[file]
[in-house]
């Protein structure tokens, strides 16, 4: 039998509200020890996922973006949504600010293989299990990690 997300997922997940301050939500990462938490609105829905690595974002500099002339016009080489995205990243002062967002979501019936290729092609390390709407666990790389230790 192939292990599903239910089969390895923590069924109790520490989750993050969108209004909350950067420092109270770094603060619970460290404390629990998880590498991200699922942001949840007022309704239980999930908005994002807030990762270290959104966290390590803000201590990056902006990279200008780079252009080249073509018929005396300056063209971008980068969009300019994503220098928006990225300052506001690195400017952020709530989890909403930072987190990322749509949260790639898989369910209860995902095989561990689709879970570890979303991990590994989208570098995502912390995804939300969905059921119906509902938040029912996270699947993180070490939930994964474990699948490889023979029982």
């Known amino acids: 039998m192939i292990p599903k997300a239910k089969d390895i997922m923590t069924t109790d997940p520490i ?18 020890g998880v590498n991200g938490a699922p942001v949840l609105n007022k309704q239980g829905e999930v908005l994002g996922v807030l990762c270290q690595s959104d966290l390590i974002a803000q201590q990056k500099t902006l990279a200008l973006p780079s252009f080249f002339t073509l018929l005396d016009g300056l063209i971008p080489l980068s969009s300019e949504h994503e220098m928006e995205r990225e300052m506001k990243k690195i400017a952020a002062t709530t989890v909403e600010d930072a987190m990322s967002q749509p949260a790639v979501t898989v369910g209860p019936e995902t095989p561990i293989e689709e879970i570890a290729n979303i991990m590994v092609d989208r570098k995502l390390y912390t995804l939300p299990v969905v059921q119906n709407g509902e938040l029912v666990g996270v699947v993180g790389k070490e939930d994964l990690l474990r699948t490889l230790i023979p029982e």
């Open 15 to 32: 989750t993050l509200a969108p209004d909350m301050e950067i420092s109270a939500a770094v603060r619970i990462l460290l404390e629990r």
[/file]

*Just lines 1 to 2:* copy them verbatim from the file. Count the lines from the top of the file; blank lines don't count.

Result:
[in-house]
């Protein structure tokens, strides 16, 4: 039998509200020890996922973006949504600010293989299990990690 997300997922997940301050939500990462938490609105829905690595974002500099002339016009080489995205990243002062967002979501019936290729092609390390709407666990790389230790 192939292990599903239910089969390895923590069924109790520490989750993050969108209004909350950067420092109270770094603060619970460290404390629990998880590498991200699922942001949840007022309704239980999930908005994002807030990762270290959104966290390590803000201590990056902006990279200008780079252009080249073509018929005396300056063209971008980068969009300019994503220098928006990225300052506001690195400017952020709530989890909403930072987190990322749509949260790639898989369910209860995902095989561990689709879970570890979303991990590994989208570098995502912390995804939300969905059921119906509902938040029912996270699947993180070490939930994964474990699948490889023979029982």